Find tweets relevant to your business and retweet them. How? You can check to see what’s trending — what’s most popular at any given time. Click the explore button on Twitter and you’ll see what’s hot and happening… Check to see if there’s anything relevant to your business or interests and retweet … with hash tags.
Wait. What? Hashtags are those little tic-tac-toe pound signs that you use to identify subjects you’re tweeting about #insurance #health #Jaguar #whatever
The most important thing to keep in mind for your tweets — when you start actually tweeting yourself, is relevance. No one is following you for your company or professional political opinions, recipes (unless recipes are relevant to your field), cat videos, memes and the rest.
How about SnapChat? Is that for you? Again, the answer is a qualified “maybe.”
Media companies are cutting deals with SnapChat to provide content and their IPO was a pretty hot item (until is sort of belly flopped), but we must apply the same skeptical standard with which we judge every social media platform; “What’s in it for me?” — or in this case — you.
Let’s quote from an article in Forbes, the business magazine: “Snapchat isn’t for everyone and every brand. As with most advertising ventures, the success of your campaigns on a specific platform relies heavily on if that channel is one your target audience engages with consistently.”
Let’s back up a minute and explain what Snapchat is — and isn’t.
Snapchat is a social platform that lets you send photos and text messages that expire, so employers others won’t see what you snap. Most users set their snaps to expire after just a few seconds, but the snaps can also be converted into something called a Story, which can last as long as 24 hours.
A section of the app called Discover lets users find new content from brands. That’s how they make money. Vice, Daily Mail, MTV, Comedy Central and Buzzfeed are among the providers.
But as a small or growing business, is it worth getting on SnapChat? Want a yes or no answer? Ok. Here it is… No.
Let me explain.
You’re a small business … just starting out or trying to keep going and growing. That’s your priority. SnapChat is primarily for Millennials, younger people who may be a bit narcissistic and want to focus on each other. Maybe SnapChat is a great way to reach them, as statistics indicate. But is it the best use of your time?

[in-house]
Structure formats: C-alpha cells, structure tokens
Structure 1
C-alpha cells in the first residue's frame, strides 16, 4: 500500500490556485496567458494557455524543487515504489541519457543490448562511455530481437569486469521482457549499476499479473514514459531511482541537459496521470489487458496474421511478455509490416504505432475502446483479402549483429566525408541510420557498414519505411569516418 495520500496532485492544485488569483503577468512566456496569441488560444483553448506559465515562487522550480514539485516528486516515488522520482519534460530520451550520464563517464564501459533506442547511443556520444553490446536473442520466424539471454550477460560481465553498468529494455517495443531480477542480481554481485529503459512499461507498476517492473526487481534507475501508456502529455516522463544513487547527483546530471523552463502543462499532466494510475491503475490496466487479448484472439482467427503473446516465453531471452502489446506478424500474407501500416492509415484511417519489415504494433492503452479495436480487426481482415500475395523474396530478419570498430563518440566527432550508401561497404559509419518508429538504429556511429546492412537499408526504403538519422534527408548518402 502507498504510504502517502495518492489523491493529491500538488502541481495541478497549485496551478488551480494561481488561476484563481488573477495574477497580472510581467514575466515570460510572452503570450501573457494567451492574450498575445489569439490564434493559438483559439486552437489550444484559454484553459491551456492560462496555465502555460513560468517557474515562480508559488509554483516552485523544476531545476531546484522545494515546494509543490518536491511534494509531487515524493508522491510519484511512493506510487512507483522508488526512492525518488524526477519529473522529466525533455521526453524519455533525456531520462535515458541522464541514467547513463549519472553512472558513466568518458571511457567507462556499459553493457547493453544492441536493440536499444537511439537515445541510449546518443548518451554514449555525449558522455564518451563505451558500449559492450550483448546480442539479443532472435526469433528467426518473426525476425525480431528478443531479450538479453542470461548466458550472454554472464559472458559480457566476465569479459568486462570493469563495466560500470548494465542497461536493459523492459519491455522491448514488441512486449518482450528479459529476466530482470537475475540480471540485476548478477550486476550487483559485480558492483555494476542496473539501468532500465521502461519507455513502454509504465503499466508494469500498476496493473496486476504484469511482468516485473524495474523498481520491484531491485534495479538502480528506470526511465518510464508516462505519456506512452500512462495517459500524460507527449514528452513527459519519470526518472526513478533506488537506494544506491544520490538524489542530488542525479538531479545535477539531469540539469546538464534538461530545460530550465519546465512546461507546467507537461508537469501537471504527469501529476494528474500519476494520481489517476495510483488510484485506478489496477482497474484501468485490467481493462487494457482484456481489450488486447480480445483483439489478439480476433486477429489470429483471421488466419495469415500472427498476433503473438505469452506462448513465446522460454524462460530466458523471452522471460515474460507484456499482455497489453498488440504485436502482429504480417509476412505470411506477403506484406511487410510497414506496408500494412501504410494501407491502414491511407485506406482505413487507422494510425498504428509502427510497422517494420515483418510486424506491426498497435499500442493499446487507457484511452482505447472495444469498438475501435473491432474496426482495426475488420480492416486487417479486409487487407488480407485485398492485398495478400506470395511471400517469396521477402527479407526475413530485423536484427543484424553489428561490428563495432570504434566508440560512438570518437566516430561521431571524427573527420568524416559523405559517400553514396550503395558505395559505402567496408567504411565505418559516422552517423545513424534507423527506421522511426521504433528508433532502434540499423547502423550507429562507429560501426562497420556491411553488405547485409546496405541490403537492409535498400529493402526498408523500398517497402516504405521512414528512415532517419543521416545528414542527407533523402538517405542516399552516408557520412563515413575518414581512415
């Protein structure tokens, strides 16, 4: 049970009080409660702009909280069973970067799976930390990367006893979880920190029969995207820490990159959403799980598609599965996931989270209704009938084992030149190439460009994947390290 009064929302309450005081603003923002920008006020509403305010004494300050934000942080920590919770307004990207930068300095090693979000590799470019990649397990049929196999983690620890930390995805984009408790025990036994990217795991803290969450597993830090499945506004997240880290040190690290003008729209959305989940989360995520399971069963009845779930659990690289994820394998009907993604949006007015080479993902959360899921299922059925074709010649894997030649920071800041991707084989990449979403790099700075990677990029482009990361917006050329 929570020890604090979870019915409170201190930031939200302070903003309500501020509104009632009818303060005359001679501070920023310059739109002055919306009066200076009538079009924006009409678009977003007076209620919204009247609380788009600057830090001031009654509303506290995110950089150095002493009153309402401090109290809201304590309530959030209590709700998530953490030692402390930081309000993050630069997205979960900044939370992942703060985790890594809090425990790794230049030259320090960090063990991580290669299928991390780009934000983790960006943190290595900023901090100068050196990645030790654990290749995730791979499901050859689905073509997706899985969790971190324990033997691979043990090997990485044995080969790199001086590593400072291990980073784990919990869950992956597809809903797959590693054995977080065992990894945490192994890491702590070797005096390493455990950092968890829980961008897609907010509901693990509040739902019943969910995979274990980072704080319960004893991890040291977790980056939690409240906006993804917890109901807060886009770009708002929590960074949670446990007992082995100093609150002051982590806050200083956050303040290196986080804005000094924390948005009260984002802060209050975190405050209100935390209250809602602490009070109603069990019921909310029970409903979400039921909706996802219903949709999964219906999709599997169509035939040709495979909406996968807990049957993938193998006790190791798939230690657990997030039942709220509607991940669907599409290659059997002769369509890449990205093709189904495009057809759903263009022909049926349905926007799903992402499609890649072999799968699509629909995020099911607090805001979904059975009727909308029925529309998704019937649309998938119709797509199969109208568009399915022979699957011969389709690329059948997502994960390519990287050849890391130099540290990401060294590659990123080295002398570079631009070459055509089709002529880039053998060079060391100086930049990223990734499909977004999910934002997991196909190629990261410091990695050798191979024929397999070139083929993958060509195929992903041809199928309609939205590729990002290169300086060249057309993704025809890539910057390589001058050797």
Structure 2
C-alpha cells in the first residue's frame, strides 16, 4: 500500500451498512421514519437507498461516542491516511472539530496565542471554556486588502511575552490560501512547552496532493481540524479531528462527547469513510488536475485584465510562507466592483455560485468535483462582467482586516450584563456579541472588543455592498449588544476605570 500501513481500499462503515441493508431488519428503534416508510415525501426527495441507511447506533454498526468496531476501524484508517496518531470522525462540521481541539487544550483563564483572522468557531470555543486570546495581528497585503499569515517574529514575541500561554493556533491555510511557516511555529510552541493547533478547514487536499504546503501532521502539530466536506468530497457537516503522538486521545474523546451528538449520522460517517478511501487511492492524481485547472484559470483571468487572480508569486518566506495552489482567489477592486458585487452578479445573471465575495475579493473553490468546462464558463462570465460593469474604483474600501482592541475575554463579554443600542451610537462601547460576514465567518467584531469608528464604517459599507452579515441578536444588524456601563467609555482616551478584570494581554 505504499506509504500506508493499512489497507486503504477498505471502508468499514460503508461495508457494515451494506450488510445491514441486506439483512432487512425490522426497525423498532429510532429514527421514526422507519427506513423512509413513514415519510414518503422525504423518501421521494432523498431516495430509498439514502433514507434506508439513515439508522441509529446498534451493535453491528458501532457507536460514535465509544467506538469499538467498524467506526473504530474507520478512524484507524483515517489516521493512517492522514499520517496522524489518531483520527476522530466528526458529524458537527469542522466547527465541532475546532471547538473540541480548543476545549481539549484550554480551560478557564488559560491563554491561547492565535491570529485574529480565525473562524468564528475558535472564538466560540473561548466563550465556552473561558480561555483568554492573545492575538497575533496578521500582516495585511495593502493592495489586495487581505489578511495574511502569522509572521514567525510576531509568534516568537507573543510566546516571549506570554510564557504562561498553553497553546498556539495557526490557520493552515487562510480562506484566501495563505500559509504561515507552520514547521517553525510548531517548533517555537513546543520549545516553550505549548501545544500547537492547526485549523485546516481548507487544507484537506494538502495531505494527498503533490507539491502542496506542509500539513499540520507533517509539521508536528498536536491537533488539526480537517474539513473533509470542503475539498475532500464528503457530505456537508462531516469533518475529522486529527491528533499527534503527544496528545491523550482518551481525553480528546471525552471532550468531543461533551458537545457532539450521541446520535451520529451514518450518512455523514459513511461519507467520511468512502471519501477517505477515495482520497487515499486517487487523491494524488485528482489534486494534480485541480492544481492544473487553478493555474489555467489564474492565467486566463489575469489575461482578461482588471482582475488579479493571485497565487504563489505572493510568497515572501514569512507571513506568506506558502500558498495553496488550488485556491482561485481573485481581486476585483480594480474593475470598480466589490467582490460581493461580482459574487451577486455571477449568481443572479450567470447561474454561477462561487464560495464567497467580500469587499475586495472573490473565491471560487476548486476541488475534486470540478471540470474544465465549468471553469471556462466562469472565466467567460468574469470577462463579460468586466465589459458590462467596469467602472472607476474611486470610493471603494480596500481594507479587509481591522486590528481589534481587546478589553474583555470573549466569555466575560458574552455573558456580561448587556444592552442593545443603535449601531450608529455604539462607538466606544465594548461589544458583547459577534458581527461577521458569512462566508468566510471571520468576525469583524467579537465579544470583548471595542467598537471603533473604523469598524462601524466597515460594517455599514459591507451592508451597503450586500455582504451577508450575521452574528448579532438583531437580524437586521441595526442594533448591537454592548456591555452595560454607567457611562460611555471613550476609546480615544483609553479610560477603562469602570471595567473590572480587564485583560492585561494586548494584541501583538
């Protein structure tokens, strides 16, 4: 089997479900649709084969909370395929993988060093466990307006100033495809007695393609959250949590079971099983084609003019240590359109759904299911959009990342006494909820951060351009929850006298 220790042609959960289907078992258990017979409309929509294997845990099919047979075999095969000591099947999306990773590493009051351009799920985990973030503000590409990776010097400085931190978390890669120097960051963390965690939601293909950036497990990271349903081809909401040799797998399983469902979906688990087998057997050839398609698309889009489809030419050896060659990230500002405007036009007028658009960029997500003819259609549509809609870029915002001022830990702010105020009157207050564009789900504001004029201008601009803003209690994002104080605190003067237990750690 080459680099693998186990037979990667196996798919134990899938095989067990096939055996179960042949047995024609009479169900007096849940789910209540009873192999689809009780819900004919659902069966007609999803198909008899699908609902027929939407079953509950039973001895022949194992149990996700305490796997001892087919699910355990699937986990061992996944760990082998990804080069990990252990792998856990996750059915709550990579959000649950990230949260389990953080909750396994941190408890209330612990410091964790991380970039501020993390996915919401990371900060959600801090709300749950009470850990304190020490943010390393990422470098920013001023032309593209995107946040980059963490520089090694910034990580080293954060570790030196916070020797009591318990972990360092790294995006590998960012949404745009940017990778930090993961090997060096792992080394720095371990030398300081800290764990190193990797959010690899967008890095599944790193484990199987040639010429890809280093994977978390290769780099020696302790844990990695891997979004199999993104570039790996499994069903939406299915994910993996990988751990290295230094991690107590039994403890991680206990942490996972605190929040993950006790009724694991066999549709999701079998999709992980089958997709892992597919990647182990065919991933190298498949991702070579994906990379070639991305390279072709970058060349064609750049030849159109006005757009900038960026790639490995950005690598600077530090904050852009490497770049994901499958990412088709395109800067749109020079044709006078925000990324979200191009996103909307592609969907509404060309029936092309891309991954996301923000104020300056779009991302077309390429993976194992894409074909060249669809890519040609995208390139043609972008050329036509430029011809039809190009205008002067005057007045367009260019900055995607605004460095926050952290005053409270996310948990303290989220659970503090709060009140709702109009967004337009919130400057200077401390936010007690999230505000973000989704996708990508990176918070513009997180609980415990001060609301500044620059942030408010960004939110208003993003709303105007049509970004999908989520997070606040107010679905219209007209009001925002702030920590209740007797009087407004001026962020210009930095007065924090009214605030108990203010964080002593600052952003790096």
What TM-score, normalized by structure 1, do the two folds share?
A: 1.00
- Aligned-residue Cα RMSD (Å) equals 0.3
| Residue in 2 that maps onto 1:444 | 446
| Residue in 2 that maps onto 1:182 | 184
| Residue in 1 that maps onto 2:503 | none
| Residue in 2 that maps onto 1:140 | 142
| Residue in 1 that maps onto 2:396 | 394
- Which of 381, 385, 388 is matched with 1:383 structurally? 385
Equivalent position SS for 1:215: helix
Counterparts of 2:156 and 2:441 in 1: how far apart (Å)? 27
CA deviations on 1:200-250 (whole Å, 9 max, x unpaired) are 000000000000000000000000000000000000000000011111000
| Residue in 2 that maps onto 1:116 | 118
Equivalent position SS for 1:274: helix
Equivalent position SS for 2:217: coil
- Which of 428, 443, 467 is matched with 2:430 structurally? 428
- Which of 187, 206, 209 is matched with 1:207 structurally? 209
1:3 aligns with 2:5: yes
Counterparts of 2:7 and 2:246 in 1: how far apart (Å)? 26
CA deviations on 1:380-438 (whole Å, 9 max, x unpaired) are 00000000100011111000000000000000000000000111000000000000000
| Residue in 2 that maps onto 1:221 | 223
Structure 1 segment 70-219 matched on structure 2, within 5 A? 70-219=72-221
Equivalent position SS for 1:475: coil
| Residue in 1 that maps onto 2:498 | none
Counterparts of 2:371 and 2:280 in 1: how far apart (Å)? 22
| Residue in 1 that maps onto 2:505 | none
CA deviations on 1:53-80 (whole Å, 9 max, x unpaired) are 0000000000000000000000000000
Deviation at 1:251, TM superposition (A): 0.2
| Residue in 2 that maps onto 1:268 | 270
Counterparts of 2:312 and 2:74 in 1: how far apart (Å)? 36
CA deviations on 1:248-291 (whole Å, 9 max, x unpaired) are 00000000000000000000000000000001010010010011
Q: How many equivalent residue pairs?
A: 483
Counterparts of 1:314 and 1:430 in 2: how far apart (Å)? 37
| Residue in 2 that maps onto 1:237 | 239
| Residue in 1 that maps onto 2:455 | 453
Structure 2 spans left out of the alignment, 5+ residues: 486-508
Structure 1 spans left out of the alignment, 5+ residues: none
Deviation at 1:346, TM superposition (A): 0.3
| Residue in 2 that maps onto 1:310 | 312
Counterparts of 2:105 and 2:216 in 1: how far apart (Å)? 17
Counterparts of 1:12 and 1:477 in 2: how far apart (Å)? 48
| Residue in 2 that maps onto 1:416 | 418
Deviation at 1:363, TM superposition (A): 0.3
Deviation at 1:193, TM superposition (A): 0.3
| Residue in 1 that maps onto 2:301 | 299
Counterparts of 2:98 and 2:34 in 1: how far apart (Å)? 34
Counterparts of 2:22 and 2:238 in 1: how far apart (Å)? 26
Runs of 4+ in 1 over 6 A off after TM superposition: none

Unless you are your brand, SnapChat isn’t your priority. Facebook, Twitter — even Instagram —may get the job done for you. And require less of an investment of your precious and increasingly rare time. Pinterest, which we’ll talk about later, is another alternative but unless you have multiple compelling instances of content every day, it’s probably not for you. Your mileage may vary and if you disagree, please let me know. Things change and if I change my assessment, I’ll let ya know.
Instead of jumping onto Snapchat, you’re better off concentrating on Facebook and Twitter, both of which allow posts to be set up in advance, so you can do several days worth in just minutes. Do you know how to do that? Set up your posts in advance? Well… I’m going to explain how in the next episode of Modern Marketing. It’s pretty easy. So, don’t sweat it.
Now Pinterest is another matter.
Think of Pinterest as a giant bulletin board with things pinned to it. But since it’s online, you can “pin” pictures with links on your board. That’s it. Demographically, Pinterest is overwhelmingly female. Unless that’s your target market, Pinterest may not be for you.
That’s all you need to know to get started.
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Modern Marketing Series One
Host: Richard Pachter
Engineer: Brian Campbell-Skyhawk Studios
Introduction: Brit Somers
Music composed and performed by Peter Freudenberger
Modern Marketing written and produced by Richard Pachter
Executive Producer: Pablo Alberti
© 2017 Modent Marketing